All experiments consisted of three independent replicates with six 150 ml culture flasks, loaded with 30 ml of the medium. Each flask contained approximately 100 – 150 seeds.

3 Results

The local CP of G. conopsea studied has a small size (about 50 individuals with no less than 35 mature ones). So, a low proportion of immature plants was the characteristic mode in the CP. It occurred in open, wet grasslands as a part of well-lit partly flooded meadow at the edge of the birch forest. The projective cover of the whole herbage amounted to 80%. We assessed morphological variation (Cv, %) and it was revealed that all studied morphological traits of G. conopsea varied in the range which did not exceed 24%

For the establishment of G. conopsea in vitro, the effects of medium composition and plant growth regulators (PGRs) concentrations on germination, protocorm formation and seedling growth were investigated through asymbiotic seed culture. Seeds germinated in a 24 h dark photoperiod for approximately 6 – 8 wk in all 3 media studied, which have similar modifications by reducing agar to 6 g l−1 and sucrose to 20 g l−1 and supplementing with 10% coconut water. The seeds sown in August started to germinate after 6 wk (Fig. 1A, B).

The first protocorms (about 1.5 mm in diameter) with numerous rhizoids (Fig. 1C, D) appeared about 10 wk after inoculation. During the development of the apical bud, the polarization and elongation of protocorms were observed (Fig. 1E). G. conopsea protocorms exhibited a phase of longitudinal growth and prolific rhizoid development (Fig. 1F) after emergence from the testa, when growth occurs at the chalazal pole, which was ordinarily shown for some other orchid species. After 12-wk period protocorm-like bodies (PLBs) developed from the protocorms with root- and shoot-primordia (Fig. 1F) were cultivated on the m1/3 MS medium with addition of 0.5 mgl-1 2-iP mgl-1, 0.1 mgl-1 NAA and 1% AC.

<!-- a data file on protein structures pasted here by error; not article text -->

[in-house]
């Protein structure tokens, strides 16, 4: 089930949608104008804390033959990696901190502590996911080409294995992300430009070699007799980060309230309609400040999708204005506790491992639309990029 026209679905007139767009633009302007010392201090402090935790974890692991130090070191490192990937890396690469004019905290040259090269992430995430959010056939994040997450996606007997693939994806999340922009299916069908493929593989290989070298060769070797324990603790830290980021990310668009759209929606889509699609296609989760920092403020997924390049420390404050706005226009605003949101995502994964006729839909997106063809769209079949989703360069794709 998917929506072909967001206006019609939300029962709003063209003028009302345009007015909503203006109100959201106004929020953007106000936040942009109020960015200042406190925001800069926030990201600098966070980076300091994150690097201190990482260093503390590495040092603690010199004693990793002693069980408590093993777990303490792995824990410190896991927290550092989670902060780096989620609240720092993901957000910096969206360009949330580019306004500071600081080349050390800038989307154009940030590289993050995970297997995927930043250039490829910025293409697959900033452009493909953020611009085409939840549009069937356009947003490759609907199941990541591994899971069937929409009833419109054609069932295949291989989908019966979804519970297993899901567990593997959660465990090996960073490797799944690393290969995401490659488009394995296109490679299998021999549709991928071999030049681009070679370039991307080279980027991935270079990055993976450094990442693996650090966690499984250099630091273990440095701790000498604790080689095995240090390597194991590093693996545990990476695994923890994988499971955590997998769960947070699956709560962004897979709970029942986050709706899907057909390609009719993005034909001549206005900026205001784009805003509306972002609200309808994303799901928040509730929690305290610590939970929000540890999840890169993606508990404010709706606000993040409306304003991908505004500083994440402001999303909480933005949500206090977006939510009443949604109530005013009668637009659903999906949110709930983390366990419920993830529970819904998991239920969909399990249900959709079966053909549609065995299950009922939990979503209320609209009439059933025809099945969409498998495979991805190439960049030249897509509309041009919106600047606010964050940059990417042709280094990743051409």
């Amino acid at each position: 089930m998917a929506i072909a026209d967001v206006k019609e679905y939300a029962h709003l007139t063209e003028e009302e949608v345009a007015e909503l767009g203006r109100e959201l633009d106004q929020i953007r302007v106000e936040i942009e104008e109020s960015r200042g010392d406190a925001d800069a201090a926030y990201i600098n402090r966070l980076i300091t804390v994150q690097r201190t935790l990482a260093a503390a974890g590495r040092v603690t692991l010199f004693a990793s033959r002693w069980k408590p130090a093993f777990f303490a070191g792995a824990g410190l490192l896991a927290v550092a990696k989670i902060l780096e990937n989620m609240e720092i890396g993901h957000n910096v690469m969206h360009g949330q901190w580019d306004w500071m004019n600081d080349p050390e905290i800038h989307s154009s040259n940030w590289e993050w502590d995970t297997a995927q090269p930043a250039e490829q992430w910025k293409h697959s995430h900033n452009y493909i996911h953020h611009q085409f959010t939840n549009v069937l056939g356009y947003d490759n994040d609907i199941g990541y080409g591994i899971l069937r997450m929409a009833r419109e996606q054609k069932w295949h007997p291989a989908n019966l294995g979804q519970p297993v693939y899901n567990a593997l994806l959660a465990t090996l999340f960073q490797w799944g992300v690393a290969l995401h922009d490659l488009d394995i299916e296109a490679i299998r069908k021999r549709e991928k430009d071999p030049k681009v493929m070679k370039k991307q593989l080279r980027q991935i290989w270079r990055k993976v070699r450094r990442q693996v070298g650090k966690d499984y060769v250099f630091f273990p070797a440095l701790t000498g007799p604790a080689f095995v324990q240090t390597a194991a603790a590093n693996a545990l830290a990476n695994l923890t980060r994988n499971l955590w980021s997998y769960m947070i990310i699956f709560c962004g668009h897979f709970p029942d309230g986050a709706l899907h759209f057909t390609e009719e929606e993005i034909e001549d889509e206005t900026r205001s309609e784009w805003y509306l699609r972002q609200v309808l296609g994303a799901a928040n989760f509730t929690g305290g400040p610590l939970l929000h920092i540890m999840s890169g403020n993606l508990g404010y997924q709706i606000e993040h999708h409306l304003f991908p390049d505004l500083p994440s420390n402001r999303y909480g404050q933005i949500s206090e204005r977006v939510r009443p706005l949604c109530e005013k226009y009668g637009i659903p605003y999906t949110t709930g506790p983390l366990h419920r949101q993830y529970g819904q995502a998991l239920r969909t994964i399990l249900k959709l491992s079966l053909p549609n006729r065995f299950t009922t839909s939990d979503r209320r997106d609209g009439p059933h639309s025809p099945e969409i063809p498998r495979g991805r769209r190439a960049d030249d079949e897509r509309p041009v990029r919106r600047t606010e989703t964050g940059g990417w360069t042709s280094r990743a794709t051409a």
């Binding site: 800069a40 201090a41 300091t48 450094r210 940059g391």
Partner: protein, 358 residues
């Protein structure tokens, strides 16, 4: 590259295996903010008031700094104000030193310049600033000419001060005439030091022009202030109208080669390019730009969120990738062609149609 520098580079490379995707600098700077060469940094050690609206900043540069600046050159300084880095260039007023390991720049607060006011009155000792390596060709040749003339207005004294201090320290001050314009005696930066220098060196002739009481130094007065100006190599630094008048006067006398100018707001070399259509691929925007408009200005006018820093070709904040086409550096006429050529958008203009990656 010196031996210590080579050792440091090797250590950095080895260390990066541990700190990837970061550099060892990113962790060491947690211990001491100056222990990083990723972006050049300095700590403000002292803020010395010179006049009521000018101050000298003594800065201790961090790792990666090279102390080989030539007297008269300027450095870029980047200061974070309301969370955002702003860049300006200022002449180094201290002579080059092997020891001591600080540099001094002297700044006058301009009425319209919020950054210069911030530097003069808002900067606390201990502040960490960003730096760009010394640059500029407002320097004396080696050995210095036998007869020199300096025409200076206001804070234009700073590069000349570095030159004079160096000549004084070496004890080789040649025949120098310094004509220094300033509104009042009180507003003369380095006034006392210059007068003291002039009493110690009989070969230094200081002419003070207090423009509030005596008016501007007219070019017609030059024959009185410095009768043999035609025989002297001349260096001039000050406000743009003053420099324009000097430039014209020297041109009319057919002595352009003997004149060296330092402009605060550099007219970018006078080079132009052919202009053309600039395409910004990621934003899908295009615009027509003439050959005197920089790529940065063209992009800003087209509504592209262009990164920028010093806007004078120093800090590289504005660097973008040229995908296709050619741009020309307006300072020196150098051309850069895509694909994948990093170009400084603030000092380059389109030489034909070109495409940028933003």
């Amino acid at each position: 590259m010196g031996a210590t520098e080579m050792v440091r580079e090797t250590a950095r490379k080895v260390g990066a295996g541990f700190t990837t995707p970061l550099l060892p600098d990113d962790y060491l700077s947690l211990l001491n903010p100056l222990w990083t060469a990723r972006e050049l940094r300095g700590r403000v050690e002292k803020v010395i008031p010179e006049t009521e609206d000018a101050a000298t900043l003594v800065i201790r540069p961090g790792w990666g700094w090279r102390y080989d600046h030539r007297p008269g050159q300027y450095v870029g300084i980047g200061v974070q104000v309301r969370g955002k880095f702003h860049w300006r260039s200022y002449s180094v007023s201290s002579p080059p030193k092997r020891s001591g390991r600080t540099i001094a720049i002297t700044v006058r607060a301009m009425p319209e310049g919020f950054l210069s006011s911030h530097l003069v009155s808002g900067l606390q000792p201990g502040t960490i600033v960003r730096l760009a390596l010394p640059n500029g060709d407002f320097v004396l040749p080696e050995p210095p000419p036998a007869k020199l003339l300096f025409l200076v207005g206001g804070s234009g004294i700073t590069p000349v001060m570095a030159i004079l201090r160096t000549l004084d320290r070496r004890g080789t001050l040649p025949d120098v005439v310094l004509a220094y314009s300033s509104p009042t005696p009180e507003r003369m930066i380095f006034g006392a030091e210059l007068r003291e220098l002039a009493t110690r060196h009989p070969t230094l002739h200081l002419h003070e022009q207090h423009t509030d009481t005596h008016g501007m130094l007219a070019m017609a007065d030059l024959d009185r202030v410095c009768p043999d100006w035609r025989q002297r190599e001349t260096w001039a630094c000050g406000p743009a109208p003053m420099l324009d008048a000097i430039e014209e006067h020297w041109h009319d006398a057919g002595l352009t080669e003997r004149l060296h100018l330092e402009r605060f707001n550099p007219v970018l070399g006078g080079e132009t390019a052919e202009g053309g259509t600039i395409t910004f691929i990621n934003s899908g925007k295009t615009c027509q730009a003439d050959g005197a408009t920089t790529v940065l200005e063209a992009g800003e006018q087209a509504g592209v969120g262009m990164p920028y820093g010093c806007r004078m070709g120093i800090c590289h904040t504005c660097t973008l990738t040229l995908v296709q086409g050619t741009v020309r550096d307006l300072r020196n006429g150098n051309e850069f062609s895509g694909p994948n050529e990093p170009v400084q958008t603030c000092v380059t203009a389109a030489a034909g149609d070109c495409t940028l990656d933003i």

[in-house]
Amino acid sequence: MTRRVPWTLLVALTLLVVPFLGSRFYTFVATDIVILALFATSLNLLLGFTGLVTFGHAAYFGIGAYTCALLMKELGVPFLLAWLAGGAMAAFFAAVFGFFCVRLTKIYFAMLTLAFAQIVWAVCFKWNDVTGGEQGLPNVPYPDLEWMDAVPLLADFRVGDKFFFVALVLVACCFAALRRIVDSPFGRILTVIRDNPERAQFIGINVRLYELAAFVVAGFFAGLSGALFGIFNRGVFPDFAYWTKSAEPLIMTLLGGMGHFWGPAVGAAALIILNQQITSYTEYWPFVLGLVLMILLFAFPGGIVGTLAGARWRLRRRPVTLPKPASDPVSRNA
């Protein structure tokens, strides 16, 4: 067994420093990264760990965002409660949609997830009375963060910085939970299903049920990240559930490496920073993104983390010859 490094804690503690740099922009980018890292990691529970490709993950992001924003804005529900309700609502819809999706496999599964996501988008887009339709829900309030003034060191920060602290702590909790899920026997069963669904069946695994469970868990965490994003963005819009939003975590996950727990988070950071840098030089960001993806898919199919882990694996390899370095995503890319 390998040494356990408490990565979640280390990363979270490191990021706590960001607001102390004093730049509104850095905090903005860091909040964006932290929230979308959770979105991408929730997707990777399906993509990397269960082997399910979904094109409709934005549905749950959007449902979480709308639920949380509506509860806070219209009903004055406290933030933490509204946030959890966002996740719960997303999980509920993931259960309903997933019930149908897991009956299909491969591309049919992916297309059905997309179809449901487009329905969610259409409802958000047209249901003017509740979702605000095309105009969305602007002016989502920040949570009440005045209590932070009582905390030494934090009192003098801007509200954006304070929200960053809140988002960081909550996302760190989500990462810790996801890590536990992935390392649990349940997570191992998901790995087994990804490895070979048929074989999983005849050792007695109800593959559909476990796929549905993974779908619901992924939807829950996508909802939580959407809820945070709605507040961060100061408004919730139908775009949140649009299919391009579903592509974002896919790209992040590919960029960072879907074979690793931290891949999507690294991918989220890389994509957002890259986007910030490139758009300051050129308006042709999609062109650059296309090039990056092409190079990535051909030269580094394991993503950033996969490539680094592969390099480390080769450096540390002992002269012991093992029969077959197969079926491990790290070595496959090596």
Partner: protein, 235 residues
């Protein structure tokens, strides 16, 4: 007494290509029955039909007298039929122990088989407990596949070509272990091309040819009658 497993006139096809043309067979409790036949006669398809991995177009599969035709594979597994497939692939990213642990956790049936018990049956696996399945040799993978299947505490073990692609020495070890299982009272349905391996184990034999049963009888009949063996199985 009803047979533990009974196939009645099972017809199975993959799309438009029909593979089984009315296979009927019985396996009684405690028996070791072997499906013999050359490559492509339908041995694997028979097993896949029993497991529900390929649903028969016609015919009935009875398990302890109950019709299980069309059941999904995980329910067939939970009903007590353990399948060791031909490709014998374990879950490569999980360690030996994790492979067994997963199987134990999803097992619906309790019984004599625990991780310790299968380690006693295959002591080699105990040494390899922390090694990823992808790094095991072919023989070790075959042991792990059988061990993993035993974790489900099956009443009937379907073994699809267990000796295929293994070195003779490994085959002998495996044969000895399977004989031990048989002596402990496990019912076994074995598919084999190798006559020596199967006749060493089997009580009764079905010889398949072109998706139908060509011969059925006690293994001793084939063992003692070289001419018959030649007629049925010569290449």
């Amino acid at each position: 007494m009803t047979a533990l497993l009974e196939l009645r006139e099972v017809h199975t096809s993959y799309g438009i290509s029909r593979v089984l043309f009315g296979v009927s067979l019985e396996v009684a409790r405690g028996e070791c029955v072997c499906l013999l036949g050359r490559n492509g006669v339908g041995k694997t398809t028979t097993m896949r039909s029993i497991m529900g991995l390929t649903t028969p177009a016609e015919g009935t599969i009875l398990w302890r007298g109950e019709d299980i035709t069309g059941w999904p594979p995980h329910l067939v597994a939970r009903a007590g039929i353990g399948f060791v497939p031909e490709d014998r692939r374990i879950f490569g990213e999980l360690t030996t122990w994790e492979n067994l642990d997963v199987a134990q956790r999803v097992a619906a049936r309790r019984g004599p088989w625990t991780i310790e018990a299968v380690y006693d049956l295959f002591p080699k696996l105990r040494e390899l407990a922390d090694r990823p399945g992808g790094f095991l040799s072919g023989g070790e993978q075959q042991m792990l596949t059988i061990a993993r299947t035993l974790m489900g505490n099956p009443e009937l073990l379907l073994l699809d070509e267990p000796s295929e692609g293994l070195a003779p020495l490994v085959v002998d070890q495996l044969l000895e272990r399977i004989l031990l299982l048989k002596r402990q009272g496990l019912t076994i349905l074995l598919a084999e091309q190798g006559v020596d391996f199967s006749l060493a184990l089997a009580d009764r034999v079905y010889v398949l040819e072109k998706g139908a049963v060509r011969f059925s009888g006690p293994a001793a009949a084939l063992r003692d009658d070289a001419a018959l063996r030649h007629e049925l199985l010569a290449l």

Seedlings (Fig. 1G) were subcultured on m1/3 MS medium, supplemented with 0.5 mgl−1 2-iP, 0.1 mgl−1 NAA and 1% AC. During the advanced developmental stage (Fig. 1H) seedlings were maintained at 25°C in a 16 h photoperiod with a light intensity of 25 μmol m−2 s−1.

Percentage of germinated seeds and protocorms at each developmental stage ranged from 4.25 to 17.28% among the replicates (Fig. 2). The mean germination per capsule was slightly higher after 10 wk of incubation compared with that of seeds from the same site that had been incubated for 8 wk (Fig. 2). 1/3MS and Har media supplemented with 10% coconut water were the most suitable for G. conopsea seedling formation (Fig. 2). The highest germination rate and protocorm formation (Fig. 2) were obtained with m1/3 MS medium, supplemented with 0.3 mg/l NAA, 1.0 mg/l 2-iP and 10% CW. Approximately 2.2 – cm tall sprouts of G. conopsea were obtained in vitro after 6 months (Fig.1I

thumbnail Fig. 1

The germination of immature seeds of Gymnadenia conopsea in vitro: A. Immature seeds; B. Embryo is completely discharged from the testa; C. Swelling embryo (=germination); D. Protocorm with 2 pointed shoot apexes; E. Absorbing hairs are formed on the protocorm-like body surface; F. Protocorm-like body: development of stem and young meristem; G. Seedling stage: the first leaf appearance; H. Seedlings with evident root emergence; I. Advanced seedling development with the formation of roots and leaves

4 Discussion

According to the data obtained, variation of morphometric characters of G. conopsea specimen in the CP studied was not high. Smaller average morphological parameters of individuals were recorded on the northern border of the range, in the Komi Republic (Russia) [10]. The local G. conopsea CP was characterized by high morphological identity of quantitative traits of individuals. The possibility of the existence of the species under various ecological-phytocenotic conditions in the Siberian region is based on the polymorphism of phenotypic manifestations of traits, which enhances the plasticity of G. conopsea. Thus, this orchid CP appears to be endangered due to the low intraspecific morphological variability.